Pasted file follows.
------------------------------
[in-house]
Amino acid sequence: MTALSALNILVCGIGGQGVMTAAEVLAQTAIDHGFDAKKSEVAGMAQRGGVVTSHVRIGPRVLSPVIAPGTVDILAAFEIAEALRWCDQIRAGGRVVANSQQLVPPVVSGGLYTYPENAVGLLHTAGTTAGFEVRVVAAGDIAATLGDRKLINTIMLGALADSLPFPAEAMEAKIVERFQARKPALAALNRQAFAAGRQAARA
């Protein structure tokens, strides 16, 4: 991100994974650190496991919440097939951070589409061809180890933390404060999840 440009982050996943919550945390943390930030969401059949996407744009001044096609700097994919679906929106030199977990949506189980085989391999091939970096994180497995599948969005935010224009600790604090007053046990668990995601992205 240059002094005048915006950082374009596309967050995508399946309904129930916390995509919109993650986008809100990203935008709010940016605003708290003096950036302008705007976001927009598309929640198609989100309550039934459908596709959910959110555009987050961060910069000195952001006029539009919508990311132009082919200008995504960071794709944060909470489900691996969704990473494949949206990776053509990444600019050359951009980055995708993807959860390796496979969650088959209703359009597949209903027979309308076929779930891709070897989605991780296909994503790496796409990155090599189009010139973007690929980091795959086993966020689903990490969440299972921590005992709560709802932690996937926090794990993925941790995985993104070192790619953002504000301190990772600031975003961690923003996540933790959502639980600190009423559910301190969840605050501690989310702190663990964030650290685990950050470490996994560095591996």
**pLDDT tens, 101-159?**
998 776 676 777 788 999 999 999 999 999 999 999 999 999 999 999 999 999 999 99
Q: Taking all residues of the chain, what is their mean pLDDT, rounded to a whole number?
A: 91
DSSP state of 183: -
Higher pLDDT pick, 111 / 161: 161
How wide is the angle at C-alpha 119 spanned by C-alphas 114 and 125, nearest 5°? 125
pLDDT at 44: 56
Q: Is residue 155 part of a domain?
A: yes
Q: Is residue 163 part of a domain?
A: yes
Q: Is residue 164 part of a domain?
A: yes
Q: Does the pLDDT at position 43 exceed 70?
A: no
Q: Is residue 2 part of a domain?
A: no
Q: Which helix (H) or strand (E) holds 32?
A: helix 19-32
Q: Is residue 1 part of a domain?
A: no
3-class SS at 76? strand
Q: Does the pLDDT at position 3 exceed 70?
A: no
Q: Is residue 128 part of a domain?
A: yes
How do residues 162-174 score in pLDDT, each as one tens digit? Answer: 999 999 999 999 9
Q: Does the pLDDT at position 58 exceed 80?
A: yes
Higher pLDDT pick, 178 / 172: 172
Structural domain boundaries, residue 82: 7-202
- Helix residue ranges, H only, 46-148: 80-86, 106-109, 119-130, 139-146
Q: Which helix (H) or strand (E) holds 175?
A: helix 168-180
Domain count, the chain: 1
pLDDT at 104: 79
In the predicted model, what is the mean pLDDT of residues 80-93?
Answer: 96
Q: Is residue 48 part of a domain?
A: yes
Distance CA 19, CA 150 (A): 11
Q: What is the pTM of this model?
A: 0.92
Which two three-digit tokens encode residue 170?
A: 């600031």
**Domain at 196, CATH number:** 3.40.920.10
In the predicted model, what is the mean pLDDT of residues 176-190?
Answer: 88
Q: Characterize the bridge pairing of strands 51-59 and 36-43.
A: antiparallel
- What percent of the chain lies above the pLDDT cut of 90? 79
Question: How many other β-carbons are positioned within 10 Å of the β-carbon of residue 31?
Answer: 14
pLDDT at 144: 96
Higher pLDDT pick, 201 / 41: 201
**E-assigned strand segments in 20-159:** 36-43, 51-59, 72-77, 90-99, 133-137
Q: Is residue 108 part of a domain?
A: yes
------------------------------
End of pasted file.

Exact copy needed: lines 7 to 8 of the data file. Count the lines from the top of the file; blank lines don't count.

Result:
A: 91
DSSP state of 183: -